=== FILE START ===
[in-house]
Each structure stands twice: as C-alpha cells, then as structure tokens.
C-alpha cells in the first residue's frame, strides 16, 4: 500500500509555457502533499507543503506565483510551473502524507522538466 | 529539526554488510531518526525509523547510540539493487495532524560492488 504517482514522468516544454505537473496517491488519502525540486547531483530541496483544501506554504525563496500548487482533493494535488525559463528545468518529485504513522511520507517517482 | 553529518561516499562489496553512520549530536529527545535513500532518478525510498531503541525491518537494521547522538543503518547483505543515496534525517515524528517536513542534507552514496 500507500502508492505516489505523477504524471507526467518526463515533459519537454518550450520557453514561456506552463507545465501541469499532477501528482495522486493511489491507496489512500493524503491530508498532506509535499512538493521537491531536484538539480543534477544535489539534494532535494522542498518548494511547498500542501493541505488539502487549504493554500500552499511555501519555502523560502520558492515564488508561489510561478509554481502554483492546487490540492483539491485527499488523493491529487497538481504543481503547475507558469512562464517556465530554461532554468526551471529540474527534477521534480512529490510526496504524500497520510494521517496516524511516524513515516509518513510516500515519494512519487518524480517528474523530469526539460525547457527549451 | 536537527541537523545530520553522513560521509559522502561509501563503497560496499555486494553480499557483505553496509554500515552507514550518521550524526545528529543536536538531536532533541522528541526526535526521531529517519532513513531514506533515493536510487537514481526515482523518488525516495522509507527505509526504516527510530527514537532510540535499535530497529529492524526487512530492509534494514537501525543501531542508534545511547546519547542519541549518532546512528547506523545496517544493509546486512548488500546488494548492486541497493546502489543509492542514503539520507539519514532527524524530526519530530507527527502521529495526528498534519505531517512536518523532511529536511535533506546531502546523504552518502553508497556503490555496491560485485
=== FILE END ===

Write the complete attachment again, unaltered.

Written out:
[in-house]
Each structure stands twice: as C-alpha cells, then as structure tokens.
C-alpha cells in the first residue's frame, strides 16, 4: 500500500509555457502533499507543503506565483510551473502524507522538466 | 529539526554488510531518526525509523547510540539493487495532524560492488 504517482514522468516544454505537473496517491488519502525540486547531483530541496483544501506554504525563496500548487482533493494535488525559463528545468518529485504513522511520507517517482 | 553529518561516499562489496553512520549530536529527545535513500532518478525510498531503541525491518537494521547522538543503518547483505543515496534525517515524528517536513542534507552514496 500507500502508492505516489505523477504524471507526467518526463515533459519537454518550450520557453514561456506552463507545465501541469499532477501528482495522486493511489491507496489512500493524503491530508498532506509535499512538493521537491531536484538539480543534477544535489539534494532535494522542498518548494511547498500542501493541505488539502487549504493554500500552499511555501519555502523560502520558492515564488508561489510561478509554481502554483492546487490540492483539491485527499488523493491529487497538481504543481503547475507558469512562464517556465530554461532554468526551471529540474527534477521534480512529490510526496504524500497520510494521517496516524511516524513515516509518513510516500515519494512519487518524480517528474523530469526539460525547457527549451 | 536537527541537523545530520553522513560521509559522502561509501563503497560496499555486494553480499557483505553496509554500515552507514550518521550524526545528529543536536538531536532533541522528541526526535526521531529517519532513513531514506533515493536510487537514481526515482523518488525516495522509507527505509526504516527510530527514537532510540535499535530497529529492524526487512530492509534494514537501525543501531542508534545511547546519547542519541549518532546512528547506523545496517544493509546486512548488500546488494548492486541497493546502489543509492542514503539520507539519514532527524524530526519530530507527527502521529495526528498534519505531517512536518523532511529536511535533506546531502546523504552518502553508497556503490555496491560485485